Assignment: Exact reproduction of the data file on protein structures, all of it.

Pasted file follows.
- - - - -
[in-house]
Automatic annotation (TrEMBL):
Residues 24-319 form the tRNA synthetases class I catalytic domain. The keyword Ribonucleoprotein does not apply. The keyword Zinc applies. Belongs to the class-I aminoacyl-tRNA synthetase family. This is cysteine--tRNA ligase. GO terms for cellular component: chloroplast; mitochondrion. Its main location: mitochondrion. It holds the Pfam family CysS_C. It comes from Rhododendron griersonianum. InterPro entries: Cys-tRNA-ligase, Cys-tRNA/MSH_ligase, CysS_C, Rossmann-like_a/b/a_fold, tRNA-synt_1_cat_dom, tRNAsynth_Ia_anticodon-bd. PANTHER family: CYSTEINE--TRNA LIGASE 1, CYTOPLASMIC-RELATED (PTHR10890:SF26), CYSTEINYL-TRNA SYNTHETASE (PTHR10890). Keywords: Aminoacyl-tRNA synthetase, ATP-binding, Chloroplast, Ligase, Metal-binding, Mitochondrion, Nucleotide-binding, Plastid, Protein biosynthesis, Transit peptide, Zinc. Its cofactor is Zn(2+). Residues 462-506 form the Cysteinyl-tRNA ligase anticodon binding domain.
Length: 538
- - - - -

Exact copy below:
[in-house]
Automatic annotation (TrEMBL):
Residues 24-319 form the tRNA synthetases class I catalytic domain. The keyword Ribonucleoprotein does not apply. The keyword Zinc applies. Belongs to the class-I aminoacyl-tRNA synthetase family. This is cysteine--tRNA ligase. GO terms for cellular component: chloroplast; mitochondrion. Its main location: mitochondrion. It holds the Pfam family CysS_C. It comes from Rhododendron griersonianum. InterPro entries: Cys-tRNA-ligase, Cys-tRNA/MSH_ligase, CysS_C, Rossmann-like_a/b/a_fold, tRNA-synt_1_cat_dom, tRNAsynth_Ia_anticodon-bd. PANTHER family: CYSTEINE--TRNA LIGASE 1, CYTOPLASMIC-RELATED (PTHR10890:SF26), CYSTEINYL-TRNA SYNTHETASE (PTHR10890). Keywords: Aminoacyl-tRNA synthetase, ATP-binding, Chloroplast, Ligase, Metal-binding, Mitochondrion, Nucleotide-binding, Plastid, Protein biosynthesis, Transit peptide, Zinc. Its cofactor is Zn(2+). Residues 462-506 form the Cysteinyl-tRNA ligase anticodon binding domain.
Length: 538